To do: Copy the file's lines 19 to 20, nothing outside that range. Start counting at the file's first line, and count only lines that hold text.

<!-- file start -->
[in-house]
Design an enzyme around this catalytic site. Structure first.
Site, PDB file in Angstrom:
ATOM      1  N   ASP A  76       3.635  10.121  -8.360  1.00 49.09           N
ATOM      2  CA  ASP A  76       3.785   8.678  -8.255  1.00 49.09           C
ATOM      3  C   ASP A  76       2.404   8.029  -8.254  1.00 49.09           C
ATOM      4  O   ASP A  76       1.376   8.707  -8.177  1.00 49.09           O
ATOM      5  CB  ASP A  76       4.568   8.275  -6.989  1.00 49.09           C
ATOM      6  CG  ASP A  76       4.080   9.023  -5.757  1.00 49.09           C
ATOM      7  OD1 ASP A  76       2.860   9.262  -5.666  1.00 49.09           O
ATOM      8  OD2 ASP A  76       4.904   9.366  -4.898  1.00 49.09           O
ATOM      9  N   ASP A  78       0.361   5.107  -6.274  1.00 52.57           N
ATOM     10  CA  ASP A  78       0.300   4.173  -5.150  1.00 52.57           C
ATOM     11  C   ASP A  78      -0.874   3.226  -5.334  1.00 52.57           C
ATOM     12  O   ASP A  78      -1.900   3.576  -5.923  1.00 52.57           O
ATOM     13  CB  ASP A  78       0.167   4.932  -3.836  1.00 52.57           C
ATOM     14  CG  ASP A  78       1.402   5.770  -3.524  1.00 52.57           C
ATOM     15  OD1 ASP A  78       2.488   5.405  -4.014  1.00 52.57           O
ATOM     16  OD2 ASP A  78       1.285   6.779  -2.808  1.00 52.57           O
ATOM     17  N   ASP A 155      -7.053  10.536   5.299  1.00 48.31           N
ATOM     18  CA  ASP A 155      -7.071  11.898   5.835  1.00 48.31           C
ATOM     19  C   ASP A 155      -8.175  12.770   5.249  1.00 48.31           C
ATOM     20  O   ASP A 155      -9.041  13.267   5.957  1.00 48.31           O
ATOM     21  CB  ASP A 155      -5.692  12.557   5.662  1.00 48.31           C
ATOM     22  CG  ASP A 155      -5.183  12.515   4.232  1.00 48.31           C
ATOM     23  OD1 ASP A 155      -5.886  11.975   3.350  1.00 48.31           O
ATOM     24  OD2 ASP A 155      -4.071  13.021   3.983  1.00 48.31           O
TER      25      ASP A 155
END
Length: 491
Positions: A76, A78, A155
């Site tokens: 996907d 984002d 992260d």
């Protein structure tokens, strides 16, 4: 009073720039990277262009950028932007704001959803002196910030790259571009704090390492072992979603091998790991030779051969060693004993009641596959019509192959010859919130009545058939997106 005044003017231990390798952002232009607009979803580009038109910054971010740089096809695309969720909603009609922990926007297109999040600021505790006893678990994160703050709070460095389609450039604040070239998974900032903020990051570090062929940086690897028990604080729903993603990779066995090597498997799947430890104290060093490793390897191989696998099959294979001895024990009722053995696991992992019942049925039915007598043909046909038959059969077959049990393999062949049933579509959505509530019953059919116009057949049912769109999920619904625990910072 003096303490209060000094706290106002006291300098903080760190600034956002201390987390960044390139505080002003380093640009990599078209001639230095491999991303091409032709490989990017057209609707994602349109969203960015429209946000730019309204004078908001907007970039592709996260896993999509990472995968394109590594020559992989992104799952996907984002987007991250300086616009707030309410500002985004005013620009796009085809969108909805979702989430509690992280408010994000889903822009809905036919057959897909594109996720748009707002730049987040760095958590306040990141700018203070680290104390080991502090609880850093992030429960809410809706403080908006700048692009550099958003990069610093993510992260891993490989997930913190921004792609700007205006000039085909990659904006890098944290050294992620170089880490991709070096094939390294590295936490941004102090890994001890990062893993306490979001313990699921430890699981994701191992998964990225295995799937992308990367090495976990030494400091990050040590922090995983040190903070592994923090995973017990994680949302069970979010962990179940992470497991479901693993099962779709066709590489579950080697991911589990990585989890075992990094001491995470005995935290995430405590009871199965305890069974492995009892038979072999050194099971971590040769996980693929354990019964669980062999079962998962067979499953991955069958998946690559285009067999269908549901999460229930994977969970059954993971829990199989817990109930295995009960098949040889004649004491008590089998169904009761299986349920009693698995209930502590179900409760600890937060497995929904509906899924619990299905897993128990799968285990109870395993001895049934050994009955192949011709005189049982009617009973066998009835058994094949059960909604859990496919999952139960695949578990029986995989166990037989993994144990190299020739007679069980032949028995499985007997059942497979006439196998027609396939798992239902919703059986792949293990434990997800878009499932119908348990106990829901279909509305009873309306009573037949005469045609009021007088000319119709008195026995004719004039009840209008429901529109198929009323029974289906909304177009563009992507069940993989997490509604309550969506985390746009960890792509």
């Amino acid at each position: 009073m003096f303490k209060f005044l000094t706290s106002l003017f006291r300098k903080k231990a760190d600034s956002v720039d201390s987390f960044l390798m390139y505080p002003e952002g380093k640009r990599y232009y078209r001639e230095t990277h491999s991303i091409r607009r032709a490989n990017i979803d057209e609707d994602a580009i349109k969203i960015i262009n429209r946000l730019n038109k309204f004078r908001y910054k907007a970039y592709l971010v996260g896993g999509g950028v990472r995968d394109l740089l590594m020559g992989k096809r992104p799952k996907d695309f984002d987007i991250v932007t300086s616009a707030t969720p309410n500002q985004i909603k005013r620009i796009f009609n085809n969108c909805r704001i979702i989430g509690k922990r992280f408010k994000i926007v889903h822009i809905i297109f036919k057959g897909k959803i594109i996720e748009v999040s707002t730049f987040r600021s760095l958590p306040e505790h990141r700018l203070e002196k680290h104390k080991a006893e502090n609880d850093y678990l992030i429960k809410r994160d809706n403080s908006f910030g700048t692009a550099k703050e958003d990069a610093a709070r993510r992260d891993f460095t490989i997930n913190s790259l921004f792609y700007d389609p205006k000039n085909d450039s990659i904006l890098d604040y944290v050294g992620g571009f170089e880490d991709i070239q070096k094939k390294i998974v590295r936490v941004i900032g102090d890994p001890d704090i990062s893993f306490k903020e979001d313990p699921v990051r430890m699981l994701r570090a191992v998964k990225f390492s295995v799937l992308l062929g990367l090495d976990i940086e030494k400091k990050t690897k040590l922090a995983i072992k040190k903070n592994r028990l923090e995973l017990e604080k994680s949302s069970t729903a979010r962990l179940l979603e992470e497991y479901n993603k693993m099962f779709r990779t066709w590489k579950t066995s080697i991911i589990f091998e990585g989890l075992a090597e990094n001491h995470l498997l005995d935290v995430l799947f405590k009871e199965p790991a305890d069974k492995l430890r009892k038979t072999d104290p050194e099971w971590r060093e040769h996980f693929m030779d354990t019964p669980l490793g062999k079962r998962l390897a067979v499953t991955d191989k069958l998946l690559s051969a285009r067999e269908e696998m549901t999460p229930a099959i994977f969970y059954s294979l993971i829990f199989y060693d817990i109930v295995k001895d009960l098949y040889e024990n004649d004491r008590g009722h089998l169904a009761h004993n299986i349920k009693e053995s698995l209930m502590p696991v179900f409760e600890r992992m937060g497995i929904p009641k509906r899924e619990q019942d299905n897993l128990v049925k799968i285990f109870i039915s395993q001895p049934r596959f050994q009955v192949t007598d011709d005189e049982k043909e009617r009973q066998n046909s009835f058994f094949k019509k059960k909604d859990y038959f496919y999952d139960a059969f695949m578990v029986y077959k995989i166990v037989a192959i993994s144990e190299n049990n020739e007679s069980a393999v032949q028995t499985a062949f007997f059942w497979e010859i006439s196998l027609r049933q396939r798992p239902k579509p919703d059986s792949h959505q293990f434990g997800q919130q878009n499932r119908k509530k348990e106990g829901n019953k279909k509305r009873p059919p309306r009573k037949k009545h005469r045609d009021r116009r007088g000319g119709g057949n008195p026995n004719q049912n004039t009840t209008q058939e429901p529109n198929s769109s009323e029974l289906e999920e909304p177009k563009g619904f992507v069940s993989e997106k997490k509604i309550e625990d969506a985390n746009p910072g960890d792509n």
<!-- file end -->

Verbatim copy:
ATOM     16  OD2 ASP A  78       1.285   6.779  -2.808  1.00 52.57           O
ATOM     17  N   ASP A 155      -7.053  10.536   5.299  1.00 48.31           N